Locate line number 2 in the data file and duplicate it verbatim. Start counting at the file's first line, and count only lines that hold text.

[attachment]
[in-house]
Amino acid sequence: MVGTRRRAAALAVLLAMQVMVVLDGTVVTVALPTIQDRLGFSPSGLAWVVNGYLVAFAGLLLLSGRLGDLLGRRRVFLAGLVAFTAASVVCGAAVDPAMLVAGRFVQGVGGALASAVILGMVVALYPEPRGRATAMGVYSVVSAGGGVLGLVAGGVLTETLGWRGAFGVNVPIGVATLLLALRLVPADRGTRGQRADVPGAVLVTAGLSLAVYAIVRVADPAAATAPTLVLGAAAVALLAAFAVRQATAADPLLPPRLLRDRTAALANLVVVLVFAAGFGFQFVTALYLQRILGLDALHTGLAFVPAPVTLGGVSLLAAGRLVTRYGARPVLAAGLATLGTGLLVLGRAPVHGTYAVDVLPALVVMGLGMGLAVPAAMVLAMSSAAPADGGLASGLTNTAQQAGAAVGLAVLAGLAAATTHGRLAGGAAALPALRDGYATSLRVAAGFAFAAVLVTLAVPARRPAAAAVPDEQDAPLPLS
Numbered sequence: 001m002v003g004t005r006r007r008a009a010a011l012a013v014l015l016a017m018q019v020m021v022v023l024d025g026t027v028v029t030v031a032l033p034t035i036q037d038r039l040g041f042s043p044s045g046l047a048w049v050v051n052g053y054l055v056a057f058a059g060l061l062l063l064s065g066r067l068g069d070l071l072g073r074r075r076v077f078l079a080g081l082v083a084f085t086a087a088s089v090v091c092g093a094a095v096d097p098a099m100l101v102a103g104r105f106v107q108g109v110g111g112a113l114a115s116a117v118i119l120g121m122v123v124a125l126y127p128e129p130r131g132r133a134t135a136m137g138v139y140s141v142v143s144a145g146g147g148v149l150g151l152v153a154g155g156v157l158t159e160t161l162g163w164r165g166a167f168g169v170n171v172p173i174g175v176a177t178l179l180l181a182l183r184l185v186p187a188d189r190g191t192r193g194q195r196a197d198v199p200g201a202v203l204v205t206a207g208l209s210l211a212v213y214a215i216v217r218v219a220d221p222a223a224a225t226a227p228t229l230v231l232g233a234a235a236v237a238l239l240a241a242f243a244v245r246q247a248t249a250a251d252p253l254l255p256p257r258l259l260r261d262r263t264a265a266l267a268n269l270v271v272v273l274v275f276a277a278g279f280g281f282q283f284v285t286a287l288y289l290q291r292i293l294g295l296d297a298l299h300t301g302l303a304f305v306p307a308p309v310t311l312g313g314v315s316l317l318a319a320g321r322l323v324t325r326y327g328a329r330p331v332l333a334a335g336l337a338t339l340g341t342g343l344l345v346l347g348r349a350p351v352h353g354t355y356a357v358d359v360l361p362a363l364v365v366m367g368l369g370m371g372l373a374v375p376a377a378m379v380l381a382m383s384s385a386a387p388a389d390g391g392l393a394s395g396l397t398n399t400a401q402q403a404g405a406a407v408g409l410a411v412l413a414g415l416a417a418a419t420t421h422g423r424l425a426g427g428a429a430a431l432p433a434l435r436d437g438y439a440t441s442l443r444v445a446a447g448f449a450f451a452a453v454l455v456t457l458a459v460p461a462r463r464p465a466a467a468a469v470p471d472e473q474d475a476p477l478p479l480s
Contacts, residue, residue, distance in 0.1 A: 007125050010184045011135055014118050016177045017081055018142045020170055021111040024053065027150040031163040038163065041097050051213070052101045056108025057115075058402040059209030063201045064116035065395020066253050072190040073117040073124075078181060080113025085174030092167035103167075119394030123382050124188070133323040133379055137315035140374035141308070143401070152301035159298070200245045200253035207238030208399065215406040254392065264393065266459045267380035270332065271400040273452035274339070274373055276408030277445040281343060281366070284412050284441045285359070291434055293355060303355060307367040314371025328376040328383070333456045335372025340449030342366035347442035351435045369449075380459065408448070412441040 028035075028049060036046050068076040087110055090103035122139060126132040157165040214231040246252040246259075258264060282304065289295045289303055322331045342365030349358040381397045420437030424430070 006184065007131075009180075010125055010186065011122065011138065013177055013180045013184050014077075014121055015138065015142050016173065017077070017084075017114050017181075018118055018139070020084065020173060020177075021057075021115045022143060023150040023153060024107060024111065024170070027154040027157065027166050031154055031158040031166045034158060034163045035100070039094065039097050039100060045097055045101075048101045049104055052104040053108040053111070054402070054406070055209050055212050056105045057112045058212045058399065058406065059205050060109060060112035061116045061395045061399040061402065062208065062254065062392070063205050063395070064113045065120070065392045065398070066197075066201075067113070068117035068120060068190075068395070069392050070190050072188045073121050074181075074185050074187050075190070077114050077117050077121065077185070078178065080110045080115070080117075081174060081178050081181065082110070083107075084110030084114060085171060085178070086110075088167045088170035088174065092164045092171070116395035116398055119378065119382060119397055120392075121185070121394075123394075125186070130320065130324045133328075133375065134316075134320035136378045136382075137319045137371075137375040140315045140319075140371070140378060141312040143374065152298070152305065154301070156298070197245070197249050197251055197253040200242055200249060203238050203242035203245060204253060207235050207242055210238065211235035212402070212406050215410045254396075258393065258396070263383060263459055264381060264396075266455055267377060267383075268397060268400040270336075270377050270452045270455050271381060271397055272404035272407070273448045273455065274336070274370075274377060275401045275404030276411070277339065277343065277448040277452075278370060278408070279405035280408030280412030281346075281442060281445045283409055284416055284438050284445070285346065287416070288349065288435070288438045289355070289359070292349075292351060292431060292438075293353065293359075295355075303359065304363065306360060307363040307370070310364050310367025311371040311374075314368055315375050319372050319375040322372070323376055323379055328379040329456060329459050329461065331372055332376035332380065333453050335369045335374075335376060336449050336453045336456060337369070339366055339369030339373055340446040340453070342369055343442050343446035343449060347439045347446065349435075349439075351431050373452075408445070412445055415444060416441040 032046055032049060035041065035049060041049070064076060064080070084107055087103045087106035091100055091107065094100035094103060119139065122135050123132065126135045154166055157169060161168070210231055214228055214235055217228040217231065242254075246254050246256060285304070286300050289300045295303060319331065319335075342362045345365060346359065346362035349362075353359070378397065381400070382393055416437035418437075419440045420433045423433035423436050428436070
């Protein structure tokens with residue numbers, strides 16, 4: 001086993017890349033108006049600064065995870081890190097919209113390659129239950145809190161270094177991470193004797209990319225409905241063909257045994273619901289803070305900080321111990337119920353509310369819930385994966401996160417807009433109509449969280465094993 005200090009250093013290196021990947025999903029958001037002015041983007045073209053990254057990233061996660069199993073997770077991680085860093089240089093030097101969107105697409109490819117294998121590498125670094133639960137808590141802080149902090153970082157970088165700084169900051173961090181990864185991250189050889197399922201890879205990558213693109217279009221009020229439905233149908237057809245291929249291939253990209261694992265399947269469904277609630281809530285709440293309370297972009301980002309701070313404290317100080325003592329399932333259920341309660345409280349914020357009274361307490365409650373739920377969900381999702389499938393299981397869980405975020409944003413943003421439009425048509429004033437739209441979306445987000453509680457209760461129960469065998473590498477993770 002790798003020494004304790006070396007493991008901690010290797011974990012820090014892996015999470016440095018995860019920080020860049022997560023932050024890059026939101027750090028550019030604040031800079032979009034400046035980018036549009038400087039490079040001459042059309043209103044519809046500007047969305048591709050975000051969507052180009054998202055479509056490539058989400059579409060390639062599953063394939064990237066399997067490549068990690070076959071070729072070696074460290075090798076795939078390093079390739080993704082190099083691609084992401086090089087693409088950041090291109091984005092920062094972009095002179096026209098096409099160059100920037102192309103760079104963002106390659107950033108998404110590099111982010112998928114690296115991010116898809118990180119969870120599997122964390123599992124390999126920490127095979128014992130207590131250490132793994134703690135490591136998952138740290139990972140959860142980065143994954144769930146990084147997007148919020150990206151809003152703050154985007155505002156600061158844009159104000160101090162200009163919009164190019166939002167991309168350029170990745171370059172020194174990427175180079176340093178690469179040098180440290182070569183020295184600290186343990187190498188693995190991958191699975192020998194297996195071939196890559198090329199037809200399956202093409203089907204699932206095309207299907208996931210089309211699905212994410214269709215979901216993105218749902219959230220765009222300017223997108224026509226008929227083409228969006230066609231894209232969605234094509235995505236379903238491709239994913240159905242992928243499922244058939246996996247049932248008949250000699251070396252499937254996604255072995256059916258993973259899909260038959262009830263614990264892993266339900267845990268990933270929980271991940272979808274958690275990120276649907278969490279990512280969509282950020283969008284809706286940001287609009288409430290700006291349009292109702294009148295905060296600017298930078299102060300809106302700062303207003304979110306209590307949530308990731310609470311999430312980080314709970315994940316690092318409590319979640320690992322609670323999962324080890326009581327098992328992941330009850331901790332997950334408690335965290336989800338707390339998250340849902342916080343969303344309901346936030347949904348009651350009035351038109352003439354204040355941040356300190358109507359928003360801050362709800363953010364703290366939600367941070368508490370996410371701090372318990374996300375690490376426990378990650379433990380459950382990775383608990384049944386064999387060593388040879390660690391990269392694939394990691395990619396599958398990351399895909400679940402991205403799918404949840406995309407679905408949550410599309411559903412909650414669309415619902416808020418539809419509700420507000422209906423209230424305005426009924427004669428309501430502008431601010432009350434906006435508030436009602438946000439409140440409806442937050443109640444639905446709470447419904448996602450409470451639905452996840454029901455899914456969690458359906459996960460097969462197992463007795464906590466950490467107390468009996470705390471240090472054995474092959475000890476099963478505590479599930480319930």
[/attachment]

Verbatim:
Amino acid sequence: MVGTRRRAAALAVLLAMQVMVVLDGTVVTVALPTIQDRLGFSPSGLAWVVNGYLVAFAGLLLLSGRLGDLLGRRRVFLAGLVAFTAASVVCGAAVDPAMLVAGRFVQGVGGALASAVILGMVVALYPEPRGRATAMGVYSVVSAGGGVLGLVAGGVLTETLGWRGAFGVNVPIGVATLLLALRLVPADRGTRGQRADVPGAVLVTAGLSLAVYAIVRVADPAAATAPTLVLGAAAVALLAAFAVRQATAADPLLPPRLLRDRTAALANLVVVLVFAAGFGFQFVTALYLQRILGLDALHTGLAFVPAPVTLGGVSLLAAGRLVTRYGARPVLAAGLATLGTGLLVLGRAPVHGTYAVDVLPALVVMGLGMGLAVPAAMVLAMSSAAPADGGLASGLTNTAQQAGAAVGLAVLAGLAAATTHGRLAGGAAALPALRDGYATSLRVAAGFAFAAVLVTLAVPARRPAAAAVPDEQDAPLPLS